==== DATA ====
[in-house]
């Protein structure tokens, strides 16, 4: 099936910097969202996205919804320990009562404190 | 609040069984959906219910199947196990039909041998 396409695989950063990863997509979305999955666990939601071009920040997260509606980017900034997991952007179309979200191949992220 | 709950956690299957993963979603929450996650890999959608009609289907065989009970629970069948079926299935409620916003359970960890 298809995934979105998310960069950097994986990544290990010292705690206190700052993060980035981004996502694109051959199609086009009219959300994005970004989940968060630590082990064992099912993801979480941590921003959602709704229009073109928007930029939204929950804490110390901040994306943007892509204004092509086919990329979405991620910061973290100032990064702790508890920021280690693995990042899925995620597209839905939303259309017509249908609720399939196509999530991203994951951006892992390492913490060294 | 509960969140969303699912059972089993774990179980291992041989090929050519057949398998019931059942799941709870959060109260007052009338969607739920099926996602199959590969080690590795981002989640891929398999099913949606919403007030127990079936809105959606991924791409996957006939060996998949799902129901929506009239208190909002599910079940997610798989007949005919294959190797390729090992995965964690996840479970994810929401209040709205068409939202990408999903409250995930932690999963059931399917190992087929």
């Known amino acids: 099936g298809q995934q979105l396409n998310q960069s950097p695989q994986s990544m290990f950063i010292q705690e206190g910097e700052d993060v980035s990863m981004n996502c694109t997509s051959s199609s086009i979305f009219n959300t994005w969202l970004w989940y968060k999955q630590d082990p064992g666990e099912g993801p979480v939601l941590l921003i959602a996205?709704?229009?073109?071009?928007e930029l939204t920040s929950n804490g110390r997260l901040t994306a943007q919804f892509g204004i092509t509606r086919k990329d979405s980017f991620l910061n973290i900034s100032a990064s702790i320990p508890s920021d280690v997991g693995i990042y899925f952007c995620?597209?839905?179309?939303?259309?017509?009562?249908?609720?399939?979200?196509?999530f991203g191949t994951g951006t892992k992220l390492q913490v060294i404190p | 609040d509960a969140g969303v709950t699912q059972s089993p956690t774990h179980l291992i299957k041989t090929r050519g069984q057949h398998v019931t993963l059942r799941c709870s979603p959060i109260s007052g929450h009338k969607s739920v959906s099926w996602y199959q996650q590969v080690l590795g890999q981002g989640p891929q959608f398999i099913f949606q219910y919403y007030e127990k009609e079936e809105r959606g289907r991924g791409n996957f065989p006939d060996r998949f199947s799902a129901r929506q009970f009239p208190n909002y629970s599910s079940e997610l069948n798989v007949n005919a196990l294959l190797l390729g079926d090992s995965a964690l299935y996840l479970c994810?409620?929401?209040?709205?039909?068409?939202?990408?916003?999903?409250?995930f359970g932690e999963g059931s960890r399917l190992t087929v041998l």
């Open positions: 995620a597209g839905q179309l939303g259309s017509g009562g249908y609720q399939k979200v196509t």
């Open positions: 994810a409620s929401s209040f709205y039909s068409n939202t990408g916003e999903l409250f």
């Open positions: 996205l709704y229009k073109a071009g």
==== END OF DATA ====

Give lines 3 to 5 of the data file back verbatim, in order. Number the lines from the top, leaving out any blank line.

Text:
């Known amino acids: 099936g298809q995934q979105l396409n998310q960069s950097p695989q994986s990544m290990f950063i010292q705690e206190g910097e700052d993060v980035s990863m981004n996502c694109t997509s051959s199609s086009i979305f009219n959300t994005w969202l970004w989940y968060k999955q630590d082990p064992g666990e099912g993801p979480v939601l941590l921003i959602a996205?709704?229009?073109?071009?928007e930029l939204t920040s929950n804490g110390r997260l901040t994306a943007q919804f892509g204004i092509t509606r086919k990329d979405s980017f991620l910061n973290i900034s100032a990064s702790i320990p508890s920021d280690v997991g693995i990042y899925f952007c995620?597209?839905?179309?939303?259309?017509?009562?249908?609720?399939?979200?196509?999530f991203g191949t994951g951006t892992k992220l390492q913490v060294i404190p | 609040d509960a969140g969303v709950t699912q059972s089993p956690t774990h179980l291992i299957k041989t090929r050519g069984q057949h398998v019931t993963l059942r799941c709870s979603p959060i109260s007052g929450h009338k969607s739920v959906s099926w996602y199959q996650q590969v080690l590795g890999q981002g989640p891929q959608f398999i099913f949606q219910y919403y007030e127990k009609e079936e809105r959606g289907r991924g791409n996957f065989p006939d060996r998949f199947s799902a129901r929506q009970f009239p208190n909002y629970s599910s079940e997610l069948n798989v007949n005919a196990l294959l190797l390729g079926d090992s995965a964690l299935y996840l479970c994810?409620?929401?209040?709205?039909?068409?939202?990408?916003?999903?409250?995930f359970g932690e999963g059931s960890r399917l190992t087929v041998l």
């Open positions: 995620a597209g839905q179309l939303g259309s017509g009562g249908y609720q399939k979200v196509t």
């Open positions: 994810a409620s929401s209040f709205y039909s068409n939202t990408g916003e999903l409250f």